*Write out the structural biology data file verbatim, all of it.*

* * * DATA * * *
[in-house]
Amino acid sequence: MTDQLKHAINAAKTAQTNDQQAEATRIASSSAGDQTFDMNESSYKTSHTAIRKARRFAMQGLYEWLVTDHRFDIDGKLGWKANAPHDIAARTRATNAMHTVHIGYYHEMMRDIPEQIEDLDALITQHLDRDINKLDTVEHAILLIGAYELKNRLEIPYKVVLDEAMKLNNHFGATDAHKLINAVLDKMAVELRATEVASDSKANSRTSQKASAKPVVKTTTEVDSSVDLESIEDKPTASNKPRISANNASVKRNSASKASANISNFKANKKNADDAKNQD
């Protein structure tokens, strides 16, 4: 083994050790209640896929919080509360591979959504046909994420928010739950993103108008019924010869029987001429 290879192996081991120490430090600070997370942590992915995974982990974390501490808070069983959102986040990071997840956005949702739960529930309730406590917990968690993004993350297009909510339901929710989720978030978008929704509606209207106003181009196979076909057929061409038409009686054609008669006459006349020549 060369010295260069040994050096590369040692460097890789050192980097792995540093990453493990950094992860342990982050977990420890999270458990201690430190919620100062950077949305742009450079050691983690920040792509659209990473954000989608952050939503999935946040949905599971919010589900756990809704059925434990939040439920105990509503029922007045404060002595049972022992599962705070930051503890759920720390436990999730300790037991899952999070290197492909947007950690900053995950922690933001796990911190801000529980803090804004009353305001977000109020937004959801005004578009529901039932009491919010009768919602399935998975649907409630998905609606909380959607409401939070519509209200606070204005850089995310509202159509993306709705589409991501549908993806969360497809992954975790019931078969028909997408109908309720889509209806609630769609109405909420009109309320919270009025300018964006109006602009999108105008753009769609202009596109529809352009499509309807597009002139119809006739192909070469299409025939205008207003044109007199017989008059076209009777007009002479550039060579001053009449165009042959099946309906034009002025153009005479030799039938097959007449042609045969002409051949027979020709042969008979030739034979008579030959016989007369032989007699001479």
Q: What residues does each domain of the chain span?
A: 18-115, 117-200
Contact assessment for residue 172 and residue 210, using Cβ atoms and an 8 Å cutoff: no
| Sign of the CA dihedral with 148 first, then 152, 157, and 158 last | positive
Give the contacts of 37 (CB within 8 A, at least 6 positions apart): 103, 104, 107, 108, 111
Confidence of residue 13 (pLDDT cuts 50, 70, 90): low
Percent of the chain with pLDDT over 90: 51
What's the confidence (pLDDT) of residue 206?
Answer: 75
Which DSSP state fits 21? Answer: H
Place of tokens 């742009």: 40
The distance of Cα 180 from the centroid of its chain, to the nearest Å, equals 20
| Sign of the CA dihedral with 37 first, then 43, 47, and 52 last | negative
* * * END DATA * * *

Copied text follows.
[in-house]
Amino acid sequence: MTDQLKHAINAAKTAQTNDQQAEATRIASSSAGDQTFDMNESSYKTSHTAIRKARRFAMQGLYEWLVTDHRFDIDGKLGWKANAPHDIAARTRATNAMHTVHIGYYHEMMRDIPEQIEDLDALITQHLDRDINKLDTVEHAILLIGAYELKNRLEIPYKVVLDEAMKLNNHFGATDAHKLINAVLDKMAVELRATEVASDSKANSRTSQKASAKPVVKTTTEVDSSVDLESIEDKPTASNKPRISANNASVKRNSASKASANISNFKANKKNADDAKNQD
């Protein structure tokens, strides 16, 4: 083994050790209640896929919080509360591979959504046909994420928010739950993103108008019924010869029987001429 290879192996081991120490430090600070997370942590992915995974982990974390501490808070069983959102986040990071997840956005949702739960529930309730406590917990968690993004993350297009909510339901929710989720978030978008929704509606209207106003181009196979076909057929061409038409009686054609008669006459006349020549 060369010295260069040994050096590369040692460097890789050192980097792995540093990453493990950094992860342990982050977990420890999270458990201690430190919620100062950077949305742009450079050691983690920040792509659209990473954000989608952050939503999935946040949905599971919010589900756990809704059925434990939040439920105990509503029922007045404060002595049972022992599962705070930051503890759920720390436990999730300790037991899952999070290197492909947007950690900053995950922690933001796990911190801000529980803090804004009353305001977000109020937004959801005004578009529901039932009491919010009768919602399935998975649907409630998905609606909380959607409401939070519509209200606070204005850089995310509202159509993306709705589409991501549908993806969360497809992954975790019931078969028909997408109908309720889509209806609630769609109405909420009109309320919270009025300018964006109006602009999108105008753009769609202009596109529809352009499509309807597009002139119809006739192909070469299409025939205008207003044109007199017989008059076209009777007009002479550039060579001053009449165009042959099946309906034009002025153009005479030799039938097959007449042609045969002409051949027979020709042969008979030739034979008579030959016989007369032989007699001479």
Q: What residues does each domain of the chain span?
A: 18-115, 117-200
Contact assessment for residue 172 and residue 210, using Cβ atoms and an 8 Å cutoff: no
| Sign of the CA dihedral with 148 first, then 152, 157, and 158 last | positive
Give the contacts of 37 (CB within 8 A, at least 6 positions apart): 103, 104, 107, 108, 111
Confidence of residue 13 (pLDDT cuts 50, 70, 90): low
Percent of the chain with pLDDT over 90: 51
What's the confidence (pLDDT) of residue 206?
Answer: 75
Which DSSP state fits 21? Answer: H
Place of tokens 């742009």: 40
The distance of Cα 180 from the centroid of its chain, to the nearest Å, equals 20
| Sign of the CA dihedral with 37 first, then 43, 47, and 52 last | negative